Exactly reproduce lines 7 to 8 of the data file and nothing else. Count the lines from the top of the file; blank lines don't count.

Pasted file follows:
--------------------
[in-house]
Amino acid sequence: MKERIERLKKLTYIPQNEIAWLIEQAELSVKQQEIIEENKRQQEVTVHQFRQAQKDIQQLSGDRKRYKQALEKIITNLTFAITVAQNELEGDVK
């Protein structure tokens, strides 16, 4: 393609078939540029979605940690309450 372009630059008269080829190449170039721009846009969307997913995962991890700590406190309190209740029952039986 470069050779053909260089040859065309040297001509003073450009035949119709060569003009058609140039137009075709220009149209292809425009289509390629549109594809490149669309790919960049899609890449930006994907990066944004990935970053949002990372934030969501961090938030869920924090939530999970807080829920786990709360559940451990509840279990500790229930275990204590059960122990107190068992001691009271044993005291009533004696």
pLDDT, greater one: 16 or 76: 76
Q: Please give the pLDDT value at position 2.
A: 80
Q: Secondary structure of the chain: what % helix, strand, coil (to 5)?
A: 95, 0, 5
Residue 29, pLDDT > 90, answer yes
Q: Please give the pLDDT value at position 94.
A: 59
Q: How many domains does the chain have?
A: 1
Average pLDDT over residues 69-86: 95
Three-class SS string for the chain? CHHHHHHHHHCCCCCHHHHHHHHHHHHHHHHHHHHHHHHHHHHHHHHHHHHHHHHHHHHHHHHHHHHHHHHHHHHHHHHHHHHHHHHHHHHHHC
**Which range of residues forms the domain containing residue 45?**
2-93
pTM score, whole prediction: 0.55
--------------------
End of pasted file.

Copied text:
Q: Secondary structure of the chain: what % helix, strand, coil (to 5)?
A: 95, 0, 5